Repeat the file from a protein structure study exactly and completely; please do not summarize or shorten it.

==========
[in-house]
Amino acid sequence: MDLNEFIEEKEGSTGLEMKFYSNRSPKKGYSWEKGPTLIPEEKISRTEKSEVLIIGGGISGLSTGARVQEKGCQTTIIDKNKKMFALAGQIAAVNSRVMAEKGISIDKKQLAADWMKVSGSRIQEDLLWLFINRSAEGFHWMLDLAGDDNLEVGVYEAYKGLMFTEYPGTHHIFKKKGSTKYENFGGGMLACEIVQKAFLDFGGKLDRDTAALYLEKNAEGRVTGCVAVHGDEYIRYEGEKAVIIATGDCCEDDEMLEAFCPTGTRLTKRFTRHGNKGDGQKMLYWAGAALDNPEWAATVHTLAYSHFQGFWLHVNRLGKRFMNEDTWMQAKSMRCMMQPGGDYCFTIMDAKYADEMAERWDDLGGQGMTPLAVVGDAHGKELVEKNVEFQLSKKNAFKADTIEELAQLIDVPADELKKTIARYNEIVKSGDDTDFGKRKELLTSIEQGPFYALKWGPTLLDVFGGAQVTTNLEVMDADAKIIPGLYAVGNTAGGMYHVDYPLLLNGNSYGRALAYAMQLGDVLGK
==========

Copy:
[in-house]
Amino acid sequence: MDLNEFIEEKEGSTGLEMKFYSNRSPKKGYSWEKGPTLIPEEKISRTEKSEVLIIGGGISGLSTGARVQEKGCQTTIIDKNKKMFALAGQIAAVNSRVMAEKGISIDKKQLAADWMKVSGSRIQEDLLWLFINRSAEGFHWMLDLAGDDNLEVGVYEAYKGLMFTEYPGTHHIFKKKGSTKYENFGGGMLACEIVQKAFLDFGGKLDRDTAALYLEKNAEGRVTGCVAVHGDEYIRYEGEKAVIIATGDCCEDDEMLEAFCPTGTRLTKRFTRHGNKGDGQKMLYWAGAALDNPEWAATVHTLAYSHFQGFWLHVNRLGKRFMNEDTWMQAKSMRCMMQPGGDYCFTIMDAKYADEMAERWDDLGGQGMTPLAVVGDAHGKELVEKNVEFQLSKKNAFKADTIEELAQLIDVPADELKKTIARYNEIVKSGDDTDFGKRKELLTSIEQGPFYALKWGPTLLDVFGGAQVTTNLEVMDADAKIIPGLYAVGNTAGGMYHVDYPLLLNGNSYGRALAYAMQLGDVLGK